Letters

Letters 04-14-14

Benishek Inching

Regarding “Benishek No Environmentalist” I agree with Mr. Powell’s letter to the editor/ opinion of Congressman Dan Benishek’s poor environmental record and his penchant for putting corporate interests ahead of his constituents’...

Climate Change Warning

Currently there are three assaults on climate change. The first is on the integrity of the scientists who support human activity in climate change. Second is that humans are not capable of affecting the climate...

Fed Up About Roads

It has gotten to the point where I cringe when I have to drive around this area. There are areas in Traverse City that look like a war zone. When you have to spend more time viewing potholes instead on concentrating on the road, accidents are bound to happen...

Don’t Blame the IRS

I have not heard much about the reason for the IRS getting itself entangled with the scrutiny of certain conservative 501(c) groups (not for profit) seeking tax exemption. Groups seeking tax relief must be organizations that are operated “primarily for the purpose of bringing about civic betterment and social improvements.”


Home · Articles · News · Letters · Letters 7/8/04
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Letters 7/8/04

Various - July 8th, 2004
Lesson on the job
Thanks for your good article, “The lesson of 2004” from the June 17 issue.
Concerning your question, “Will a college degree actually do the grads of 2004 any good...?” The answer unfortunately is “no,” if President Bush‘s new immigration plan is adopted.
It provides for matching a “willing worker” with a “willing employer.” In other words, if one gets a good education (and runs up a big debt in the process thereof) and gets a good job, someone can come into the country and underbid the position. The result will be a world labor market, the wages in which will be low indeed. And benefits too.

John Tanton • Petoskey

Petoskey‘s labyrinth peril
I have begun to take actions to “not allow” the membership of “The Labyrinth Project of Northern Michigan” to donate a labyrinth to the City of Petoskey and locate it on the property of the new public library.
My research into the origins of the labyrinth turned up some profoundly disturbing information. Labyrinths are said to have been used for over 3000-3500 years. We are told by those who promote their use that labyrinths are ancient and have been part of the sacred landscape through human history. Those who use the labyrinth describe them as patterns with power and purpose. They are called “divine imprints” that symbolize an archetype of wholeness.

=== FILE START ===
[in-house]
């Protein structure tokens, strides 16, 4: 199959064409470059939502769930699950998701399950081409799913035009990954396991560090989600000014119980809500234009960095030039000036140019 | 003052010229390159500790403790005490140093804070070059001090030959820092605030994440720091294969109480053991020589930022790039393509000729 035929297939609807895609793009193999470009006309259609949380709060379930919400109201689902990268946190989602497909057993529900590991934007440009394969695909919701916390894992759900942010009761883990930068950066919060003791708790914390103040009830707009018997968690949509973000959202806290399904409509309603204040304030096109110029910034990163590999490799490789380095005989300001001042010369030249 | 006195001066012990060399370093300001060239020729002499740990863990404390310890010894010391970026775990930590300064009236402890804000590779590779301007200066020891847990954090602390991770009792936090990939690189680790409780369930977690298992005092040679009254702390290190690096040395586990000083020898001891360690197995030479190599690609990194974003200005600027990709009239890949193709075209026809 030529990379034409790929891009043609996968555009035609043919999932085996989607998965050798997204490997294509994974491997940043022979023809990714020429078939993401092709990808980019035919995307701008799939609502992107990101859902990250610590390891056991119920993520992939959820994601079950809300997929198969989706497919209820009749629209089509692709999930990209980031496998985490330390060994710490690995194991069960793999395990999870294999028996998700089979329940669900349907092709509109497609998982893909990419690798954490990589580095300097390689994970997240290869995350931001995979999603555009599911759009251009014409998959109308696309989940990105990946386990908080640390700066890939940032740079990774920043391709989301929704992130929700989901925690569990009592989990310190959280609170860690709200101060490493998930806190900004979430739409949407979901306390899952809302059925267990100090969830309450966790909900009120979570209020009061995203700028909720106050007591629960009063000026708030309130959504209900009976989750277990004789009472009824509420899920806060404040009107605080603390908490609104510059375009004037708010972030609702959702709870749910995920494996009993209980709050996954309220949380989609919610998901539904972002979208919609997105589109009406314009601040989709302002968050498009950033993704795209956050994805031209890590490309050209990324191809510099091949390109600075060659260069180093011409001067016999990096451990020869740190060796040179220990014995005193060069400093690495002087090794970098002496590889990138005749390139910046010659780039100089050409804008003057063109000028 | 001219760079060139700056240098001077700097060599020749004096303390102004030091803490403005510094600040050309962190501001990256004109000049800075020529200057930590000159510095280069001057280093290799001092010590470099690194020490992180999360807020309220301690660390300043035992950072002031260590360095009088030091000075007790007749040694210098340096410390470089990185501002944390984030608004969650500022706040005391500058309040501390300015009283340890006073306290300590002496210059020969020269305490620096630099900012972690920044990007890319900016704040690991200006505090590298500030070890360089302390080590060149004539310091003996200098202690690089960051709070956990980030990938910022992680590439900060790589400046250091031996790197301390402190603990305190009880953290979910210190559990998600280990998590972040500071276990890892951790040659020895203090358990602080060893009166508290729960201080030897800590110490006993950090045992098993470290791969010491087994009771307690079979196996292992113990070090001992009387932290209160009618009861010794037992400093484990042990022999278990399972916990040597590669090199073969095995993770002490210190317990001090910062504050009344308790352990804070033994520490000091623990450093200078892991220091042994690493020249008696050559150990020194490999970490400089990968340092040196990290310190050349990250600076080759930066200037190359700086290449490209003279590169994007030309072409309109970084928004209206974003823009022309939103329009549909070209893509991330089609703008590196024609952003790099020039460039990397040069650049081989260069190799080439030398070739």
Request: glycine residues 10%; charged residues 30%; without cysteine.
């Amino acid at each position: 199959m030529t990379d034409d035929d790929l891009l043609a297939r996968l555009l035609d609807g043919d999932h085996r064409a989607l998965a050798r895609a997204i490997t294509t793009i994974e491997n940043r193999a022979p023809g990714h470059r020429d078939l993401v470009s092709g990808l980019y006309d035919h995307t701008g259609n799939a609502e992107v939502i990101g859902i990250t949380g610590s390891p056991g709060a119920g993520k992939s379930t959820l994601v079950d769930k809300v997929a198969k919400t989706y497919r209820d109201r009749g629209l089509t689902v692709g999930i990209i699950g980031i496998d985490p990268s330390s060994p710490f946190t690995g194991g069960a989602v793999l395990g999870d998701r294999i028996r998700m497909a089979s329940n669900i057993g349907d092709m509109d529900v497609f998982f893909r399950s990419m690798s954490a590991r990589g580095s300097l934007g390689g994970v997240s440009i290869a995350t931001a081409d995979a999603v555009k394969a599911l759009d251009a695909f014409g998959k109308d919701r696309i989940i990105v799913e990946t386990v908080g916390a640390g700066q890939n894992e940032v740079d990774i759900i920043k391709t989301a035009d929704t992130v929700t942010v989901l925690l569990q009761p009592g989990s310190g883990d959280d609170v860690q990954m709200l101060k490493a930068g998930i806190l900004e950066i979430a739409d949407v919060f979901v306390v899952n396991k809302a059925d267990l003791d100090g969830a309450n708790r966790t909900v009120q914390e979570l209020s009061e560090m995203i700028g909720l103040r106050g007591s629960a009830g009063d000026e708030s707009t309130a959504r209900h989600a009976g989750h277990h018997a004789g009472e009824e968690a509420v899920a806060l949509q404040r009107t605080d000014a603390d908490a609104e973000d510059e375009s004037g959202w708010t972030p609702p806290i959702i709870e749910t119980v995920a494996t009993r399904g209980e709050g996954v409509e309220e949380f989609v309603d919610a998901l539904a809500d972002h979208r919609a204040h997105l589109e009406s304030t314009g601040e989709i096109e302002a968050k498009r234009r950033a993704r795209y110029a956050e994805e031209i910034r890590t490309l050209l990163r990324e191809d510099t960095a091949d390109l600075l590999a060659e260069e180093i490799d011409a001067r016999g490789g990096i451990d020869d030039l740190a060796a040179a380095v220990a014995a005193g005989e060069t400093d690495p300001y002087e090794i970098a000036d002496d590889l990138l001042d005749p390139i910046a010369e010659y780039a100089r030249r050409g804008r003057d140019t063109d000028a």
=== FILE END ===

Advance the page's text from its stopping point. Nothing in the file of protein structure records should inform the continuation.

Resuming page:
One of the “primary functions” of a labyrinth is to create an altered “state of consciousness” whereby a labyrinth visitor will be better able to make contact with the deeper regions of his or her soul. Here is one woman’s account of what that contact with the deeper regions of her soul felt like as she reached the spiritual climax of the “labyrinth walking ritual”:
“Upon walking to the centre of the circle, she immediately sensed a dark spiritual vortex sucking her down.” (Anglican Renewal Ministries of Canada article.)
Does this sound like an activity you would like your children or grandchildren to experience when they visit the Petoskey Public Library?
Apparently once a “pilgrim” has entered the labyrinth, their mind becomes confused as the design manipulates it into an altered state, whereby at some point in the process it is believed as the labyrinth walker‘s psyche is shifting, a contact with a “celestial being” for enlightenment will occur.
I think I have supplied you with enough information to understand why under no circumstances should the City of Petoskey be allowed to accept this “Trojan Horse” from the friends of the Crooked Tree Arts Center.
I also wish to admonish the elected and appointed members of city government for not diligently investigating the “true” intentions of the labyrinth gift givers before they said to themselves as they rubber stamped the project, “I bet this will make us a cool city!”

Steve A. Redder • Petoskey

 
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